# Map, FlatMap, Reduce & More

#### A Simple Problem

released Wed, 20 Feb 2019
Swift Version 5.0

# A simple Problem

Consider this problem: You're getting a list of persons from a JSON endpoint. You'd like to know the average age from all people living in California. The parsed data looks like this:

``````let persons: [[String: Any]] = [[\"name\": \"Carl Saxon\", \"city\": \"New York, NY\", \"age\": 44],

[\"name\": \"Travis Downing\", \"city\": \"El Segundo, CA\", \"age\": 34],

[\"name\": \"Liz Parker\", \"city\": \"San Francisco, CA\", \"age\": 32],

[\"name\": \"John Newden\", \"city\": \"New Jersey, NY\", \"age\": 21],

[\"name\": \"Hector Simons\", \"city\": \"San Diego, CA\", \"age\": 37],

[\"name\": \"Brian Neo\", \"age\": 27]]
``````

Note the last entry, which omits a `city` for the person in question. Those cases have to be silently ignored.

The expected result in the example would be 3 persons , as we have three persons from California. Let's try to implement this in Swift in terms of `compactMap` and `filter`. The `compactMap` is used instead of `map` as `compactMap` automatically ignores empty optionals. So `compactMap([0, nil, 1, 2, nil])` results in `[0, 1, 2]`. This eases the handling of persons without a proper city.

``````func infoFromState(state: String, persons: [[String: Any]])

-> Int {

return persons.compactMap( { \$0[\"city\"]?.componentsSeparatedByString(\", \").last })

.filter({\$0 == state})

.count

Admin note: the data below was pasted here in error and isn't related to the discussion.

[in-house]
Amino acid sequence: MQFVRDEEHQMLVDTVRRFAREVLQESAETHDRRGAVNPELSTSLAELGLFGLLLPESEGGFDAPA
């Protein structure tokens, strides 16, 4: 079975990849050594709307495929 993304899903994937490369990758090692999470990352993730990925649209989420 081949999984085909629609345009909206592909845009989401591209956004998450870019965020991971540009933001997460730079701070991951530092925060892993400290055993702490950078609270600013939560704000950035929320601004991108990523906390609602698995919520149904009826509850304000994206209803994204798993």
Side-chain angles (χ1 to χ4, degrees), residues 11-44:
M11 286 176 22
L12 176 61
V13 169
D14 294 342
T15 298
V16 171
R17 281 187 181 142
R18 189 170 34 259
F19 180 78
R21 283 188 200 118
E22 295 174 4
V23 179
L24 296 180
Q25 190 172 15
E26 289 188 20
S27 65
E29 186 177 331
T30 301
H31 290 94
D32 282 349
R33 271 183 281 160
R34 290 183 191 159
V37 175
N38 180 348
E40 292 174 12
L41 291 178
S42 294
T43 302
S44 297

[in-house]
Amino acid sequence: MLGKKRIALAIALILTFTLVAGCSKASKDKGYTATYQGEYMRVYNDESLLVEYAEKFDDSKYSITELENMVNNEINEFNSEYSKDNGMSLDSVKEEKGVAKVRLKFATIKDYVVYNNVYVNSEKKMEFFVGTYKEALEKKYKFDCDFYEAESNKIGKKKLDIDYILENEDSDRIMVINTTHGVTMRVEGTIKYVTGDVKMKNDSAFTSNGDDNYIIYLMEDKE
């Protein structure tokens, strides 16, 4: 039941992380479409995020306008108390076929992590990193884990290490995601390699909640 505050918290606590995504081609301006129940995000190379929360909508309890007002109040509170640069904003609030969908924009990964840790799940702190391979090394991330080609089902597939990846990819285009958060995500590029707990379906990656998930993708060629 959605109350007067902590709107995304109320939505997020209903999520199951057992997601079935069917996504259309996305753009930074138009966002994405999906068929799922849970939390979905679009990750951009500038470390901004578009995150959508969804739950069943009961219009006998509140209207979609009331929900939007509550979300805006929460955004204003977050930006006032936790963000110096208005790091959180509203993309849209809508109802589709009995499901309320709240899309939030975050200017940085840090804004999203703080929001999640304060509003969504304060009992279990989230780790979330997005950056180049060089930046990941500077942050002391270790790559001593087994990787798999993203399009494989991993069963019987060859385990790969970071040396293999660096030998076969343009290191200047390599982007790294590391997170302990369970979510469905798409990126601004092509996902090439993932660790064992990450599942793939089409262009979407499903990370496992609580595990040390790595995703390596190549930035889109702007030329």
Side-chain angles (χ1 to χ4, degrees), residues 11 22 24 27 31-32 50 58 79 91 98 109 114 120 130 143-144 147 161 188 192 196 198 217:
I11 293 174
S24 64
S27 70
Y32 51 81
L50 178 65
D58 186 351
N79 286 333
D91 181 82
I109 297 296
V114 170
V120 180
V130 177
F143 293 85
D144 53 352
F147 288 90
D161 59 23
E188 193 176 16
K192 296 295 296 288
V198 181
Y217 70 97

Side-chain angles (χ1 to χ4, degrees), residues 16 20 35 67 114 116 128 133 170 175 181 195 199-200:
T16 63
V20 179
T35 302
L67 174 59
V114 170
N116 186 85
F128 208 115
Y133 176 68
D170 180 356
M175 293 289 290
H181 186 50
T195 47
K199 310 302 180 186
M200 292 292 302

}

infoFromState(state: \"CA\", persons: persons)
``````

That's simple enough.

However, now consider the following complication: You'd like to know how many of those persons live in California, and you'd like to know their average age. If we try upgrading the above example, we soon realize that his is a slightly harder problem.

There are various solutions, but they all seem to not fit well with functional constructs. A loop-based approach feels much simpler.

When we think about why this does fit, we realize it is because the shape of the data changes. `map`, `compactMap`, and `filter` all keep the shape of the data similar. Array goes in, array goes out. The amount and the contents of the array may change, but the array-shape stays. The problem above, however, requires us to change the shape to a `struct` or `tuple` with an Integer average and an Integer sum.

These are the kind of problems where you can apply `reduce`. So what is reduce? Lets have a look.